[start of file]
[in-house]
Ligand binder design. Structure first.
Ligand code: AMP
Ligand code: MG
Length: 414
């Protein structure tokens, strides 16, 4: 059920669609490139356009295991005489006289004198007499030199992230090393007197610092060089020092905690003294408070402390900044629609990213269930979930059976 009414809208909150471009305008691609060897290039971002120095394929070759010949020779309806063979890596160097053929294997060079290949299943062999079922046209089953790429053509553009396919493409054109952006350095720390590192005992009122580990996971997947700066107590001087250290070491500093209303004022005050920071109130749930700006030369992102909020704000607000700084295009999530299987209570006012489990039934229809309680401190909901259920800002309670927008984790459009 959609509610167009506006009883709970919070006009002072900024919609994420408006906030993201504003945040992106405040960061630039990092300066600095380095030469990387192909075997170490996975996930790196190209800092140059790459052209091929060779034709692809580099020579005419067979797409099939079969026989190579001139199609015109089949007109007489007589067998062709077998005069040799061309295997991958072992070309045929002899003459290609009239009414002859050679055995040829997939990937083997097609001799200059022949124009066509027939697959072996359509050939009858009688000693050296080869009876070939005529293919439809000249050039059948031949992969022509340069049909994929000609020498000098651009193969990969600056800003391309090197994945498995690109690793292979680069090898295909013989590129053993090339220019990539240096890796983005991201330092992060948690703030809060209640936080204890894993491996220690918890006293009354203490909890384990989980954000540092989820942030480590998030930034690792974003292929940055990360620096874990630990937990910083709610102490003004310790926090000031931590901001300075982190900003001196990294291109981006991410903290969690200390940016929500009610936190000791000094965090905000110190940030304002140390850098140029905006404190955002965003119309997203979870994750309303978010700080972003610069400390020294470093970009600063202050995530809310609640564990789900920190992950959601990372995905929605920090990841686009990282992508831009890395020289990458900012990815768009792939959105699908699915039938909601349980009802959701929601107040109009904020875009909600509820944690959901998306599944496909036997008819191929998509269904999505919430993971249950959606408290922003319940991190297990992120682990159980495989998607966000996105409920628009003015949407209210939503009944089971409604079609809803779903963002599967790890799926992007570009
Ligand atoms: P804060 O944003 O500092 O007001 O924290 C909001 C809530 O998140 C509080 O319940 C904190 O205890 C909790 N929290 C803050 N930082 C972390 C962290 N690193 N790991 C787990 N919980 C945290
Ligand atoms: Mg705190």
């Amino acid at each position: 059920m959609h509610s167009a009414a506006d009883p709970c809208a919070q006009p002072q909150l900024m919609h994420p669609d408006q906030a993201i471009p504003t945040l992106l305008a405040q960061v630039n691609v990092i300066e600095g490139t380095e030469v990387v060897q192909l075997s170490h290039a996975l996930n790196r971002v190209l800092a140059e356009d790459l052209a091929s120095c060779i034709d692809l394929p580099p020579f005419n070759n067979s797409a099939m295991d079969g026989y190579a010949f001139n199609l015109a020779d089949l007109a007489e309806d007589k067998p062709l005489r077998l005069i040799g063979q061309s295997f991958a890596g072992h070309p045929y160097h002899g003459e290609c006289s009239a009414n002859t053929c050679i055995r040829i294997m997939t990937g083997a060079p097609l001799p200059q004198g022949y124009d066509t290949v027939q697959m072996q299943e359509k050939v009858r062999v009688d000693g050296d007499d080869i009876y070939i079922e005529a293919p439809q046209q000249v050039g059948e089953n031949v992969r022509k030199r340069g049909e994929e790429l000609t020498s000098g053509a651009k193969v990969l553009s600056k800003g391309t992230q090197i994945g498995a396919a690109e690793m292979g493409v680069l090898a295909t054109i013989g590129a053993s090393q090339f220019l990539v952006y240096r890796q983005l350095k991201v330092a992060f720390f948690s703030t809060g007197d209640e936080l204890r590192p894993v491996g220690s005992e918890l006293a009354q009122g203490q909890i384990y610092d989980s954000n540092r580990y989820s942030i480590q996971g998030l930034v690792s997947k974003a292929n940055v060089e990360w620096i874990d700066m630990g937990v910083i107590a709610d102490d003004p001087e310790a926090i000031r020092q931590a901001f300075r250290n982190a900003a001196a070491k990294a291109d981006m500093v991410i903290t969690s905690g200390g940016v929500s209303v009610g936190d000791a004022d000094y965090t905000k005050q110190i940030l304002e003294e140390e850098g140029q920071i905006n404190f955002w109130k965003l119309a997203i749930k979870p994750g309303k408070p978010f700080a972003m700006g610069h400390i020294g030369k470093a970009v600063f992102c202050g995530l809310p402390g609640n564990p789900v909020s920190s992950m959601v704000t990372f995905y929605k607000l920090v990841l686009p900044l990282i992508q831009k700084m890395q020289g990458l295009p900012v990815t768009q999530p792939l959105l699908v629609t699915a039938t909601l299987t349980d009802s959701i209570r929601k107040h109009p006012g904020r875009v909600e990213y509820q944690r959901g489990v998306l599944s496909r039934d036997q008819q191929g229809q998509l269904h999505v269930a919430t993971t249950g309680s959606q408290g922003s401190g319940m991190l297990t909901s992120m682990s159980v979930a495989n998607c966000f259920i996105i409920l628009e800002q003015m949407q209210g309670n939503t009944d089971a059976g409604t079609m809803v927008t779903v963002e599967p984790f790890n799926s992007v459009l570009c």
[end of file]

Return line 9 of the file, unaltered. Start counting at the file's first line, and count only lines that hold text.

């Amino acid at each position: 059920m959609h509610s167009a009414a506006d009883p709970c809208a919070q006009p002072q909150l900024m919609h994420p669609d408006q906030a993201i471009p504003t945040l992106l305008a405040q960061v630039n691609v990092i300066e600095g490139t380095e030469v990387v060897q192909l075997s170490h290039a996975l996930n790196r971002v190209l800092a140059e356009d790459l052209a091929s120095c060779i034709d692809l394929p580099p020579f005419n070759n067979s797409a099939m295991d079969g026989y190579a010949f001139n199609l015109a020779d089949l007109a007489e309806d007589k067998p062709l005489r077998l005069i040799g063979q061309s295997f991958a890596g072992h070309p045929y160097h002899g003459e290609c006289s009239a009414n002859t053929c050679i055995r040829i294997m997939t990937g083997a060079p097609l001799p200059q004198g022949y124009d066509t290949v027939q697959m072996q299943e359509k050939v009858r062999v009688d000693g050296d007499d080869i009876y070939i079922e005529a293919p439809q046209q000249v050039g059948e089953n031949v992969r022509k030199r340069g049909e994929e790429l000609t020498s000098g053509a651009k193969v990969l553009s600056k800003g391309t992230q090197i994945g498995a396919a690109e690793m292979g493409v680069l090898a295909t054109i013989g590129a053993s090393q090339f220019l990539v952006y240096r890796q983005l350095k991201v330092a992060f720390f948690s703030t809060g007197d209640e936080l204890r590192p894993v491996g220690s005992e918890l006293a009354q009122g203490q909890i384990y610092d989980s954000n540092r580990y989820s942030i480590q996971g998030l930034v690792s997947k974003a292929n940055v060089e990360w620096i874990d700066m630990g937990v910083i107590a709610d102490d003004p001087e310790a926090i000031r020092q931590a901001f300075r250290n982190a900003a001196a070491k990294a291109d981006m500093v991410i903290t969690s905690g200390g940016v929500s209303v009610g936190d000791a004022d000094y965090t905000k005050q110190i940030l304002e003294e140390e850098g140029q920071i905006n404190f955002w109130k965003l119309a997203i749930k979870p994750g309303k408070p978010f700080a972003m700006g610069h400390i020294g030369k470093a970009v600063f992102c202050g995530l809310p402390g609640n564990p789900v909020s920190s992950m959601v704000t990372f995905y929605k607000l920090v990841l686009p900044l990282i992508q831009k700084m890395q020289g990458l295009p900012v990815t768009q999530p792939l959105l699908v629609t699915a039938t909601l299987t349980d009802s959701i209570r929601k107040h109009p006012g904020r875009v909600e990213y509820q944690r959901g489990v998306l599944s496909r039934d036997q008819q191929g229809q998509l269904h999505v269930a919430t993971t249950g309680s959606q408290g922003s401190g319940m991190l297990t909901s992120m682990s159980v979930a495989n998607c966000f259920i996105i409920l628009e800002q003015m949407q209210g309670n939503t009944d089971a059976g409604t079609m809803v927008t779903v963002e599967p984790f790890n799926s992007v459009l570009c």